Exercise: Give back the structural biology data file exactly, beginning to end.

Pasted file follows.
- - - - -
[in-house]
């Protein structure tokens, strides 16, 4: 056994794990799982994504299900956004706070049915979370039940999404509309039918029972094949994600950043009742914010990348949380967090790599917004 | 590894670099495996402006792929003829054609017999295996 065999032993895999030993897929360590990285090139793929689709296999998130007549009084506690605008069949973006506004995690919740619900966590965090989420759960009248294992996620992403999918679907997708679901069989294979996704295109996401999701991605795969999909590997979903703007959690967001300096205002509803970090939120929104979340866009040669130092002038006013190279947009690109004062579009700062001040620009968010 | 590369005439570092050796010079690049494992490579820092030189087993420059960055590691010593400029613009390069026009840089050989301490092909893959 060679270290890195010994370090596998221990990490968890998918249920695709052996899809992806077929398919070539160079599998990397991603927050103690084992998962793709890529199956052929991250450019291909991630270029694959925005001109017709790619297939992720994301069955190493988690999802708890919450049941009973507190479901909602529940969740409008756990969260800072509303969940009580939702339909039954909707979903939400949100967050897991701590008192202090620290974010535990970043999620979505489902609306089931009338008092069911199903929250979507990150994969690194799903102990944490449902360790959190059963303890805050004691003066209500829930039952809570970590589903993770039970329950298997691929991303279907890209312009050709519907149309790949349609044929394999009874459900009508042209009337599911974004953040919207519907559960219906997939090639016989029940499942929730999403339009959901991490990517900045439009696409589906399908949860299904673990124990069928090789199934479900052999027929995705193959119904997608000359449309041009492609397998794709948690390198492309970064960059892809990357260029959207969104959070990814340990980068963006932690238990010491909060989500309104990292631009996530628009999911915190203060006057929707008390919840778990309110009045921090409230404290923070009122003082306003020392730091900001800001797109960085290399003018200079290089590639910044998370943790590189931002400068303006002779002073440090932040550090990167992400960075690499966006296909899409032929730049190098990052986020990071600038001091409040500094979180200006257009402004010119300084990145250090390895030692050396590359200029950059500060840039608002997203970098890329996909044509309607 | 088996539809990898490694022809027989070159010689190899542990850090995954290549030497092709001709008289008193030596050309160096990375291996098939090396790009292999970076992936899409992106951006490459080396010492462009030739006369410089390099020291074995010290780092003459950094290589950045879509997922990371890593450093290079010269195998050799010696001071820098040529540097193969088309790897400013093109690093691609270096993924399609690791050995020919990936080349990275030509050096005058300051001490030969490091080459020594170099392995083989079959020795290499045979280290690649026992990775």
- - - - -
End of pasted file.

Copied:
[in-house]
């Protein structure tokens, strides 16, 4: 056994794990799982994504299900956004706070049915979370039940999404509309039918029972094949994600950043009742914010990348949380967090790599917004 | 590894670099495996402006792929003829054609017999295996 065999032993895999030993897929360590990285090139793929689709296999998130007549009084506690605008069949973006506004995690919740619900966590965090989420759960009248294992996620992403999918679907997708679901069989294979996704295109996401999701991605795969999909590997979903703007959690967001300096205002509803970090939120929104979340866009040669130092002038006013190279947009690109004062579009700062001040620009968010 | 590369005439570092050796010079690049494992490579820092030189087993420059960055590691010593400029613009390069026009840089050989301490092909893959 060679270290890195010994370090596998221990990490968890998918249920695709052996899809992806077929398919070539160079599998990397991603927050103690084992998962793709890529199956052929991250450019291909991630270029694959925005001109017709790619297939992720994301069955190493988690999802708890919450049941009973507190479901909602529940969740409008756990969260800072509303969940009580939702339909039954909707979903939400949100967050897991701590008192202090620290974010535990970043999620979505489902609306089931009338008092069911199903929250979507990150994969690194799903102990944490449902360790959190059963303890805050004691003066209500829930039952809570970590589903993770039970329950298997691929991303279907890209312009050709519907149309790949349609044929394999009874459900009508042209009337599911974004953040919207519907559960219906997939090639016989029940499942929730999403339009959901991490990517900045439009696409589906399908949860299904673990124990069928090789199934479900052999027929995705193959119904997608000359449309041009492609397998794709948690390198492309970064960059892809990357260029959207969104959070990814340990980068963006932690238990010491909060989500309104990292631009996530628009999911915190203060006057929707008390919840778990309110009045921090409230404290923070009122003082306003020392730091900001800001797109960085290399003018200079290089590639910044998370943790590189931002400068303006002779002073440090932040550090990167992400960075690499966006296909899409032929730049190098990052986020990071600038001091409040500094979180200006257009402004010119300084990145250090390895030692050396590359200029950059500060840039608002997203970098890329996909044509309607 | 088996539809990898490694022809027989070159010689190899542990850090995954290549030497092709001709008289008193030596050309160096990375291996098939090396790009292999970076992936899409992106951006490459080396010492462009030739006369410089390099020291074995010290780092003459950094290589950045879509997922990371890593450093290079010269195998050799010696001071820098040529540097193969088309790897400013093109690093691609270096993924399609690791050995020919990936080349990275030509050096005058300051001490030969490091080459020594170099392995083989079959020795290499045979280290690649026992990775």